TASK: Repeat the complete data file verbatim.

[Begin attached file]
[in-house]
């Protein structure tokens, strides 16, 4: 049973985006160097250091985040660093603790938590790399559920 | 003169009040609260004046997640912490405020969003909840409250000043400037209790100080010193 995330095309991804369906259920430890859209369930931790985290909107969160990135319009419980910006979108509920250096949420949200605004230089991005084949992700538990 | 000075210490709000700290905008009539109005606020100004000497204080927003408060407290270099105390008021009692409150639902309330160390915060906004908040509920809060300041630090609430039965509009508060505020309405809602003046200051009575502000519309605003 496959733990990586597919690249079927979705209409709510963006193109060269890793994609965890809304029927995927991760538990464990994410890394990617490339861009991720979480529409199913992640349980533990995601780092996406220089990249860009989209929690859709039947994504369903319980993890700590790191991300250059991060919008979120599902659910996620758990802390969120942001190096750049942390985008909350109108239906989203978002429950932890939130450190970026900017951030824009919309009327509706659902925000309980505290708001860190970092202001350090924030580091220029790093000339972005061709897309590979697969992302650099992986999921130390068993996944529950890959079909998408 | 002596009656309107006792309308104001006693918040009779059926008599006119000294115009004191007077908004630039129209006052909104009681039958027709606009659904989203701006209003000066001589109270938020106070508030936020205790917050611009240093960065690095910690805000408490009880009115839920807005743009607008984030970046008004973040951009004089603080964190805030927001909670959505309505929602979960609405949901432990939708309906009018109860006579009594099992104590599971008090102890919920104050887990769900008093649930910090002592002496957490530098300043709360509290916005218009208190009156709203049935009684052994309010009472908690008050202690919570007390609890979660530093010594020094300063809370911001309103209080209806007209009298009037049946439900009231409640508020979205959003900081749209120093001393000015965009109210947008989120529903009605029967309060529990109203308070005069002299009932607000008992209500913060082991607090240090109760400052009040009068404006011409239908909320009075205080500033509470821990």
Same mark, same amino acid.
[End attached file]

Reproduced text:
[in-house]
């Protein structure tokens, strides 16, 4: 049973985006160097250091985040660093603790938590790399559920 | 003169009040609260004046997640912490405020969003909840409250000043400037209790100080010193 995330095309991804369906259920430890859209369930931790985290909107969160990135319009419980910006979108509920250096949420949200605004230089991005084949992700538990 | 000075210490709000700290905008009539109005606020100004000497204080927003408060407290270099105390008021009692409150639902309330160390915060906004908040509920809060300041630090609430039965509009508060505020309405809602003046200051009575502000519309605003 496959733990990586597919690249079927979705209409709510963006193109060269890793994609965890809304029927995927991760538990464990994410890394990617490339861009991720979480529409199913992640349980533990995601780092996406220089990249860009989209929690859709039947994504369903319980993890700590790191991300250059991060919008979120599902659910996620758990802390969120942001190096750049942390985008909350109108239906989203978002429950932890939130450190970026900017951030824009919309009327509706659902925000309980505290708001860190970092202001350090924030580091220029790093000339972005061709897309590979697969992302650099992986999921130390068993996944529950890959079909998408 | 002596009656309107006792309308104001006693918040009779059926008599006119000294115009004191007077908004630039129209006052909104009681039958027709606009659904989203701006209003000066001589109270938020106070508030936020205790917050611009240093960065690095910690805000408490009880009115839920807005743009607008984030970046008004973040951009004089603080964190805030927001909670959505309505929602979960609405949901432990939708309906009018109860006579009594099992104590599971008090102890919920104050887990769900008093649930910090002592002496957490530098300043709360509290916005218009208190009156709203049935009684052994309010009472908690008050202690919570007390609890979660530093010594020094300063809370911001309103209080209806007209009298009037049946439900009231409640508020979205959003900081749209120093001393000015965009109210947008989120529903009605029967309060529990109203308070005069002299009932607000008992209500913060082991607090240090109760400052009040009068404006011409239908909320009075205080500033509470821990």
Same mark, same amino acid.